State Sues to Stop Flood Insurance Hikes

Notices started arriving in mailboxes this summer. Flood insurance was going to be more expensive, much more expensive. Mississippi filed suit in late September, contending massive rate hikes were based on yet to be complete studies that are required by the 2012 law. On Thursday, Florida joined the lawsuit.

Governor Rick Scott says, "They didn't do their job, they were supposed to do a study, they didn't do that."

More than two million Floridians buy flood insurance. Most are required to carry it by their bank. About two in ten policy holders are facing the biggest increases, which could result in their lender seeking significantly higher monthly payments.

CFO Jeff Atwater calls it a recipe for disaster. "Unless something is done soon, there is a greater likelihood that a Floridian will lose their home financially to the cost of the act rather than the cost of a flood."

While Florida is only filed a friend of the court brief, officials are hoping it will put pressure on congress to make changes quickly.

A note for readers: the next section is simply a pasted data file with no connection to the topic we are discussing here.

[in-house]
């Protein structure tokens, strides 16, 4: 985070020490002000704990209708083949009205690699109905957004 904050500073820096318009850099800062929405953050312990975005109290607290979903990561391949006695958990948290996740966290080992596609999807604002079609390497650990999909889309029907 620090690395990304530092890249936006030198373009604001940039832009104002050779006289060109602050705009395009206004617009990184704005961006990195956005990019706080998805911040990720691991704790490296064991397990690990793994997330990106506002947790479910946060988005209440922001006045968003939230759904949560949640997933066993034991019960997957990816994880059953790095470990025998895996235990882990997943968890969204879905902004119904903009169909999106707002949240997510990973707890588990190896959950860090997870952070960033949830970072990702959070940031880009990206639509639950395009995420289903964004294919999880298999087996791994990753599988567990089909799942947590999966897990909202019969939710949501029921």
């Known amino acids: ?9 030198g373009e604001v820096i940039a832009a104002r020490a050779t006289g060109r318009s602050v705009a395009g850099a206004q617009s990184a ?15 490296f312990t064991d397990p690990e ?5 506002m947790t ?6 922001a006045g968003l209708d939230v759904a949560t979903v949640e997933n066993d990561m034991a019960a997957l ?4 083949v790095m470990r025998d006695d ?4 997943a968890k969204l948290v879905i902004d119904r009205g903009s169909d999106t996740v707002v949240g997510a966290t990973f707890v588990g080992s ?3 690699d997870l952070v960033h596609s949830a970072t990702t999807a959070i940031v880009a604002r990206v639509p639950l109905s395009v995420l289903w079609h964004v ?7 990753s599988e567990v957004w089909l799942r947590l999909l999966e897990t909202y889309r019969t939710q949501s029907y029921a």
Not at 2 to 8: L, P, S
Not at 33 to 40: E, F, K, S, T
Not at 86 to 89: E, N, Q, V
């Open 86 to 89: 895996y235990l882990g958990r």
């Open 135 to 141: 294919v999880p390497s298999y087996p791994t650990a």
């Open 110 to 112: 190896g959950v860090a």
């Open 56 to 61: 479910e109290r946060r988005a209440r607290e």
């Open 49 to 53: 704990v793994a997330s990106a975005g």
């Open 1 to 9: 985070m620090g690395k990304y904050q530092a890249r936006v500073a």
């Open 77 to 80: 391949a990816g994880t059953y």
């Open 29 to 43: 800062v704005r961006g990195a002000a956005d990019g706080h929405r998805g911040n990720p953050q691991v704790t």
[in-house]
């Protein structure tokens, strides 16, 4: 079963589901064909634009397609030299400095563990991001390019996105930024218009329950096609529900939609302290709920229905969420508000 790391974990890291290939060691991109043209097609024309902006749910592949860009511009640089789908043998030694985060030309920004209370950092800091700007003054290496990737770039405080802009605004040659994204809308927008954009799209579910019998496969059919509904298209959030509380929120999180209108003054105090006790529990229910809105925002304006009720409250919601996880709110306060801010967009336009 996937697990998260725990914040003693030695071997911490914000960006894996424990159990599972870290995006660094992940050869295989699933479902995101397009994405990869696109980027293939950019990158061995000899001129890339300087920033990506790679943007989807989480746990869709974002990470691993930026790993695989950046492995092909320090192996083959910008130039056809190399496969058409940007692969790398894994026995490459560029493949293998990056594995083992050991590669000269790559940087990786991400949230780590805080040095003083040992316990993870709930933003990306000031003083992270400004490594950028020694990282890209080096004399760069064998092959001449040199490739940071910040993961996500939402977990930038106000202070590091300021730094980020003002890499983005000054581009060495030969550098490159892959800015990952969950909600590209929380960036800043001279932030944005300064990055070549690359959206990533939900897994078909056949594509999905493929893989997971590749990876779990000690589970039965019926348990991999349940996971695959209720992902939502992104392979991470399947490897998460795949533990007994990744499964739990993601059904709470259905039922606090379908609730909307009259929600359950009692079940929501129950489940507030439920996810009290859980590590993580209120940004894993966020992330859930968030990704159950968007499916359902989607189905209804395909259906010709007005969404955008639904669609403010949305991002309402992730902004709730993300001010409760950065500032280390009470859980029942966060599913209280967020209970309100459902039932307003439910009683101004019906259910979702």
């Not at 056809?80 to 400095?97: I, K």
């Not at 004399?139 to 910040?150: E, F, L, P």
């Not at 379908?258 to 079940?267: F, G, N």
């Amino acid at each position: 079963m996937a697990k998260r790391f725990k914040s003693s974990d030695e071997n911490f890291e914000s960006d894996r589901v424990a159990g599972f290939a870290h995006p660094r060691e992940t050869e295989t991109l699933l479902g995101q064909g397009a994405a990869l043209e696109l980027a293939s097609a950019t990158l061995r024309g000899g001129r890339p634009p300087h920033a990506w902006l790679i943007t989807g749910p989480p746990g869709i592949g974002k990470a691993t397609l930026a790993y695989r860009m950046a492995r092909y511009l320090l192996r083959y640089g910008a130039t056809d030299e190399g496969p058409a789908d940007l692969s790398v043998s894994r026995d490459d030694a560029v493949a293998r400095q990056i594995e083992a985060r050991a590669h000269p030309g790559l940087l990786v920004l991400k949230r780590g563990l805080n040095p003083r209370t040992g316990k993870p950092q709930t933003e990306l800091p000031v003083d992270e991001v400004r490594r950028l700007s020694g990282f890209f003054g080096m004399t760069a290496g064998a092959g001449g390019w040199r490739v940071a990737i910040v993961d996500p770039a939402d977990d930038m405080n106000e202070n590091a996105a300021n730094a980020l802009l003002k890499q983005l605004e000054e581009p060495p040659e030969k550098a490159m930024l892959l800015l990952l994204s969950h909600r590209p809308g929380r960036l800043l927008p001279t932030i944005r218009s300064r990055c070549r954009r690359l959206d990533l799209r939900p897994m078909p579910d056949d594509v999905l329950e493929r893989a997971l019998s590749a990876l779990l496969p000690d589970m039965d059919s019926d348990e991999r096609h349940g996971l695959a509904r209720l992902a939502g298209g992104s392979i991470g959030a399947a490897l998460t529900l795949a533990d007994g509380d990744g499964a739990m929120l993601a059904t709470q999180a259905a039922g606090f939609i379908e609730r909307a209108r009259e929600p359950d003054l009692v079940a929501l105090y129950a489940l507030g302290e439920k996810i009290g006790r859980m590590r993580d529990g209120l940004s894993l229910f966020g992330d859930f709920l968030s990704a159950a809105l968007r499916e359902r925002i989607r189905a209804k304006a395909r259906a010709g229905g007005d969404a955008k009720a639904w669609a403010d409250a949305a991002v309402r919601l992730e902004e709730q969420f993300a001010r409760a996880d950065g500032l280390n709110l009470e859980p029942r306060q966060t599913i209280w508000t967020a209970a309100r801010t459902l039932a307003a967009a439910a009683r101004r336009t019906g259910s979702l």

Attorney General Pam Bondi says the state is keeping all of its options open. "All I'm going to say now, we are looking at any possible recourse. We feel now the proper move is to join in an amicus brief with Mississippi, let's see how that plays out."

Both Bondi and the Governor are calling on President Obama to delay the hikes, something Federal Emergency Officials who manage the program say can only be delayed by Congress.

Supporters of the hike say it will discourage building in sensitive areas. Meanwhile, the state continues to explore creating its own flood insurance program or making it more attractive for private insurance companies to enter the market.